Michelle Schroeder-Gardner: It all started back in August of 2011. I started Making Sense of Cents for myself, as a hobby. I started it so I could track my financial progress [and] join the personal finance community because I noticed how welcoming they were and how everyone else was paying off their debt and doing really well financially.

Around six months after I started my blog, a blogging friend of mine asked me, hey, do you want to make a little bit of money off of advertising something on your blog? Back then, I didn't know that blogs could make money or how they made money.

I made my first $100 after six months of blogging so there's definitely a lot of work that went into it. But then, after that, everything quickly grew from there. I think my third year I made $120,000 from my blog, my fourth year I made $320,000 and then last year, I tripled that to $980,000 and this year, I'll probably make around $1.5 million from my blog and from other blogging related businesses, activities that I do.

It's a lot of fun, it's definitely grown exponentially over the years. I'm actually working less than I used to in the beginning, I was working like 100-hour weeks and right now I'm working anywhere from 10 hours a week to 40 hours a week. It really varies but it's definitely not as much as I used to.

Farnoosh Tobari: Would you say that a lot of the strategy is understanding the marketing behind marketing the blog but also marketing your products and your services?

MSG: When you first start out blogging, I mean, blogging is not something that you can exactly learn in school so there's a ton of learning that comes along. You need to learn how to market your blog, how to reach followers, how to write better for your audience and other things like that.

Over time, things have gotten easier and when more people know about your blog, obviously word of mouth is a big thing so that definitely helps over the years as well.

FT: Last year, you earned $979,000. This year, you're saying you're approaching $1.5 million. When it comes to saving your money, do you have a philosophy? Do you save half? Are you and your husband trying to "retire" early, how do you look at that income and understand how to stack and how to prioritize it. Do you have a spending budget? Like, tell us a little bit about the inner workings of that income.

MSG: Yeah, we save over 90 percent of our income. A lot of people think it's weird that we live in an RV. I often get the question, you make over $100,000 a month, why would you live in an RV? You'd have to be crazy to do that. No, we love RVing, we love—we're happy even though we're saving over 90 percent of our income.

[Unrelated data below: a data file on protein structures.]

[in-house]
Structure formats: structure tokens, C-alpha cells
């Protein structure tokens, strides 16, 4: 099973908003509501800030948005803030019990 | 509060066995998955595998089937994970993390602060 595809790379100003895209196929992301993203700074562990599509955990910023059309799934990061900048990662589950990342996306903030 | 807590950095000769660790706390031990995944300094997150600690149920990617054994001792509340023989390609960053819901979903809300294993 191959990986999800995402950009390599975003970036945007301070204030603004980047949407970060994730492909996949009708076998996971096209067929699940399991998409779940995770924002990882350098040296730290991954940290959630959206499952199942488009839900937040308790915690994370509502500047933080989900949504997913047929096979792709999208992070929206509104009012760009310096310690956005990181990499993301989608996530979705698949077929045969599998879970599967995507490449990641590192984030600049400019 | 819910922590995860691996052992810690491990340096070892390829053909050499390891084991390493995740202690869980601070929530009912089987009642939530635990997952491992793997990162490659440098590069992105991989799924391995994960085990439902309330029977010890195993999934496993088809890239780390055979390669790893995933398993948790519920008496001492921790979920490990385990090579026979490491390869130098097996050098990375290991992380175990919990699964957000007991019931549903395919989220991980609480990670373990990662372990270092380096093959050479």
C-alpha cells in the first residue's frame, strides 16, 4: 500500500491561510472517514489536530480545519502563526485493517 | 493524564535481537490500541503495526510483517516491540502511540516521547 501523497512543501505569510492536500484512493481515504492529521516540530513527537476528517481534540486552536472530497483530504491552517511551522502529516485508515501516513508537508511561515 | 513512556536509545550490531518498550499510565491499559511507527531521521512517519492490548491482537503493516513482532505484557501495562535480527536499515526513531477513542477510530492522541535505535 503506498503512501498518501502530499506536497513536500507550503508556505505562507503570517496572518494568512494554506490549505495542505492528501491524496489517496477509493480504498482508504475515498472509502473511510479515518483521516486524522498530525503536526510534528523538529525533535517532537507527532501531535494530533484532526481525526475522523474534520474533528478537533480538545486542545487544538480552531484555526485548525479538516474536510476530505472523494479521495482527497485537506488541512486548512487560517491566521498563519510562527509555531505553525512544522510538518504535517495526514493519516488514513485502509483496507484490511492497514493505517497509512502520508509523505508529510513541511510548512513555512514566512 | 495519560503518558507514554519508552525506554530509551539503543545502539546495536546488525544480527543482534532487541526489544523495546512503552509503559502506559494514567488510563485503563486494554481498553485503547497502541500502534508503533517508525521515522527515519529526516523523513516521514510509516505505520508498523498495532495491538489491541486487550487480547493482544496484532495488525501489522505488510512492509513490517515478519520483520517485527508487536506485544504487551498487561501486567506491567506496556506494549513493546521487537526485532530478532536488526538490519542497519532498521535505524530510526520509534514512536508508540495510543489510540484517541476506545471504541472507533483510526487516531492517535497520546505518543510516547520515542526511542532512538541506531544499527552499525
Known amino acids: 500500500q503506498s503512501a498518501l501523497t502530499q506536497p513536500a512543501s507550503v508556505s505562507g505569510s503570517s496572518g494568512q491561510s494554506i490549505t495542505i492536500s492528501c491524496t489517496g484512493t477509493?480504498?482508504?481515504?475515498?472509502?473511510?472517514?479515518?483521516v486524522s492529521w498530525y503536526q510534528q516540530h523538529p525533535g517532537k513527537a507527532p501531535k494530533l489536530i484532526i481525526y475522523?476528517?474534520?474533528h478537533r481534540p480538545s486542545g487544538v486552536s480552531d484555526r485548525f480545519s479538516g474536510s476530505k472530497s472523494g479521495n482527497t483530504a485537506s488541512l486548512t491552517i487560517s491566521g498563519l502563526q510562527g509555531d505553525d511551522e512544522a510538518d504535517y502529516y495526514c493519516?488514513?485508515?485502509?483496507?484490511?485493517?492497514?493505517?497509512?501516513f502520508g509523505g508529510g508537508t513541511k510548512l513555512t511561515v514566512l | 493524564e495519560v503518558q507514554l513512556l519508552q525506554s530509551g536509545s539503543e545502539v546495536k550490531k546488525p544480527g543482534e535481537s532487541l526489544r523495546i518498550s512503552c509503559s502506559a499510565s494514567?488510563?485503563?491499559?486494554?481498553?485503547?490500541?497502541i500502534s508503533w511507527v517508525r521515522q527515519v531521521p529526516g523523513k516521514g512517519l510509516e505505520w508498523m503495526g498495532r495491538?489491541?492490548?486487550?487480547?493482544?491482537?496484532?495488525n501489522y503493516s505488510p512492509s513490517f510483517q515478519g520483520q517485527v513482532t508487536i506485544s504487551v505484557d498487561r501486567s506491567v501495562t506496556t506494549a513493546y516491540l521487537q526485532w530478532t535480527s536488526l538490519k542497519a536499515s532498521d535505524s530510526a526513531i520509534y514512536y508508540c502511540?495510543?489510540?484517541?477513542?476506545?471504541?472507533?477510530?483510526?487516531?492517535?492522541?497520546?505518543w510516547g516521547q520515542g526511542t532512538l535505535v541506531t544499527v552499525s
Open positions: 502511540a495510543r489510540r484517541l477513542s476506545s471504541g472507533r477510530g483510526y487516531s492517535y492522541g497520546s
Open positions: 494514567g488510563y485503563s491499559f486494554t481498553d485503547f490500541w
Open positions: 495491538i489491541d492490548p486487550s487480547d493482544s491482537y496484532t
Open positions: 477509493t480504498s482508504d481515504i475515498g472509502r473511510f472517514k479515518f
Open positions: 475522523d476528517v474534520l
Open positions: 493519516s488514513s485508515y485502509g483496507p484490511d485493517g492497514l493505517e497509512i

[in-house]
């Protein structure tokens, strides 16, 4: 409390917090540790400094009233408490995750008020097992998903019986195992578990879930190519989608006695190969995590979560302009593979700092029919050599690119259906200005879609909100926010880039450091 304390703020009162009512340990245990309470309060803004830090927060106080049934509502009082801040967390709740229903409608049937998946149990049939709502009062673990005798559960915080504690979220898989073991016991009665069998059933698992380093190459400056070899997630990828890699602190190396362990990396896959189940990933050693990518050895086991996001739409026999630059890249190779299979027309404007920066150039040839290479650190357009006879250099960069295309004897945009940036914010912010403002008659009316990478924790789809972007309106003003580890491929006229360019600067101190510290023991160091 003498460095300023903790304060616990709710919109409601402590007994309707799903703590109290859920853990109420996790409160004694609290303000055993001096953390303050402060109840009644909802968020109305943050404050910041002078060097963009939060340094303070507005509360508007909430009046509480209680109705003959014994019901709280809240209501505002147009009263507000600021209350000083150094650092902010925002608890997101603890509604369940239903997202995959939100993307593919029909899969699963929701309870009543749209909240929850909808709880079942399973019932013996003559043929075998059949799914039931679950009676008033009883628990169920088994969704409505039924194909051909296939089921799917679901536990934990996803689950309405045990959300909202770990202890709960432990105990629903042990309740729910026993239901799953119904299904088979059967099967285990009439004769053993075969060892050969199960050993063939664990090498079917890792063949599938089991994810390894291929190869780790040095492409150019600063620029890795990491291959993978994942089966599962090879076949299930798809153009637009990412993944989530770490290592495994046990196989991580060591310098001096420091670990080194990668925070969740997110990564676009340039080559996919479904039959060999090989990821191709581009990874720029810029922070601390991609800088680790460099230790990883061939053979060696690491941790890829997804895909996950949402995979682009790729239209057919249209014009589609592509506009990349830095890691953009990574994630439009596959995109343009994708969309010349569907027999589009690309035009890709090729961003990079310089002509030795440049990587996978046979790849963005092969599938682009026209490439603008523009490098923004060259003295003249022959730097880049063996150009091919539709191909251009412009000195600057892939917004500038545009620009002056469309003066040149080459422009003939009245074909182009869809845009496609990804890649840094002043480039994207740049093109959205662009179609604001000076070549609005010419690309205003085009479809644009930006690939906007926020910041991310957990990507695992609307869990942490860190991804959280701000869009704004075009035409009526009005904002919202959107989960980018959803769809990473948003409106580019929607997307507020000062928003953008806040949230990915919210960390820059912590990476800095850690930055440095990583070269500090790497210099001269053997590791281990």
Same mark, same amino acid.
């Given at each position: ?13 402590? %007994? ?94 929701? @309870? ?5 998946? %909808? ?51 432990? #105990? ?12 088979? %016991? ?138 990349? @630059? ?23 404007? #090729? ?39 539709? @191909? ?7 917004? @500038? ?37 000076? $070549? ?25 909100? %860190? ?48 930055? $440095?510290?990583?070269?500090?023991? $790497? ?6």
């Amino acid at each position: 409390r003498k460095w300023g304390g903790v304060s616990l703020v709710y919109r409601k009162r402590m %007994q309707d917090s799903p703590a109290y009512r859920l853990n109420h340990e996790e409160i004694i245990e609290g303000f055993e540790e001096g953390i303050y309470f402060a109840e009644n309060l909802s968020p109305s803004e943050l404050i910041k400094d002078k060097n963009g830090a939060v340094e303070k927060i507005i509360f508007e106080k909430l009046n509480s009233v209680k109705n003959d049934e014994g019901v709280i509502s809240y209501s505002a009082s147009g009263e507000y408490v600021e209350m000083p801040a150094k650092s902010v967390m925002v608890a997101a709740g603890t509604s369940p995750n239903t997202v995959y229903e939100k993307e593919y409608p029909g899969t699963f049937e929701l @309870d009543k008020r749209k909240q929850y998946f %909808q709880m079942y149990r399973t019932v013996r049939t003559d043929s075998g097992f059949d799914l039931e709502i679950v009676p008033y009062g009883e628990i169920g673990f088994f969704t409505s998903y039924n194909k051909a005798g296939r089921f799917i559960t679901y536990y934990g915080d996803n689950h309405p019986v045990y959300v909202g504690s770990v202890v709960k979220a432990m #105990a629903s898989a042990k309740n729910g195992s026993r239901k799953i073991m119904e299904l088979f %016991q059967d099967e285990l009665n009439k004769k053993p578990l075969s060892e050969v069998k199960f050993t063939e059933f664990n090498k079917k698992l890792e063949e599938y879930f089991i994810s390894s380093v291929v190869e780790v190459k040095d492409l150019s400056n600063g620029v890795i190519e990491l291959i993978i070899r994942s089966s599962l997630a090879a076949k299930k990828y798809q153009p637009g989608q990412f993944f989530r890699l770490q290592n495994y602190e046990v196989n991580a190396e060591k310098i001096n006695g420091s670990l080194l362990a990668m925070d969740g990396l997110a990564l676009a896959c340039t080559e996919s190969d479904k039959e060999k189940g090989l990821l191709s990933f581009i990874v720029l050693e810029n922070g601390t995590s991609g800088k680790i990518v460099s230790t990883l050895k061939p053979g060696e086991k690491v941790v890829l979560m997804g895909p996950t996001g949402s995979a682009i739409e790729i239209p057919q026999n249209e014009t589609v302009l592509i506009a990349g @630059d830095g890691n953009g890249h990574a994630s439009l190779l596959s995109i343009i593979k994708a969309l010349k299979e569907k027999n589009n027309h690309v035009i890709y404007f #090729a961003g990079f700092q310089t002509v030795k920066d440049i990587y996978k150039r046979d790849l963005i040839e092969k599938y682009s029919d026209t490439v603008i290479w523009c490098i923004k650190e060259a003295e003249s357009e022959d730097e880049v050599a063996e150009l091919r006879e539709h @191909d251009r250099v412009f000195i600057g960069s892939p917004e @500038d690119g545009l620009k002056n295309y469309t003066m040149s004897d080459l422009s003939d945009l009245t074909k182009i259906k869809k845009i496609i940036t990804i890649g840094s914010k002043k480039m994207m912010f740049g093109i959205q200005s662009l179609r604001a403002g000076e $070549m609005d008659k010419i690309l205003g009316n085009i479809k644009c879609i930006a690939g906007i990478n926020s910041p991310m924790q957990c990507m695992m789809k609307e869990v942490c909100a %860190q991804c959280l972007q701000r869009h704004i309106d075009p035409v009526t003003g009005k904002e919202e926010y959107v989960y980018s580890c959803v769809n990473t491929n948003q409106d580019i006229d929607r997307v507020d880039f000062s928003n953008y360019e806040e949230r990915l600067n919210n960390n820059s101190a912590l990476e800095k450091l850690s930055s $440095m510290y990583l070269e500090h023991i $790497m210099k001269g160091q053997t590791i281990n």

We're just saving as much as we can and the plan is to retire before we're 30 if we want to. Basically, the plan is just to have enough saved, just in case anything happens in the future. We just want the stability and the comfort of having enough saved. Especially since we can save it. It just makes sense to.

[My partner] works with me on the blog a little bit but his main thing is that he does all the RVing stuff, he drives us—he takes care of the RV, cleans, helps out around the house and then the main thing is that he forces me to stop working occasionally because I'm so into my work. He will—he's basically in charge of the fun part of our lives.

FT: What motivates you? Is it the dollars and cents? In other words, next year—you're saying this year—you're on track to make one and a half million. Is next year's goal to make three million, do you have financial goals for yourself, earning goals or are you okay plateauing at some point? This is a lot of money, some would say, for a couple that doesn't have kids and doesn't have a mortgage. But, I don't know your goals, so tell us what your financial goals are.

MSG: Yeah, I actually—I'm not super strict when it comes to financial goals for the business, my financial goal for 2017 for the business was just to earn $1 million and a lot of people said, "Well, you made almost $1 million last year, why would you increase it?"

My main goal is to improve my work-life balance. I didn't want the year to be focused on earning money. My main goal for the year is just to be able to take a break from the blog. Take a full day off, not feel like I have to answer every single email, every single moment [something] comes in, just to really enjoy the day, that's my main goal.

Farnoosh Torabi is a personal finance expert, the author of When She Makes More, and the host of CNBC's Follow the Leader and the award-winning podcast So Money.

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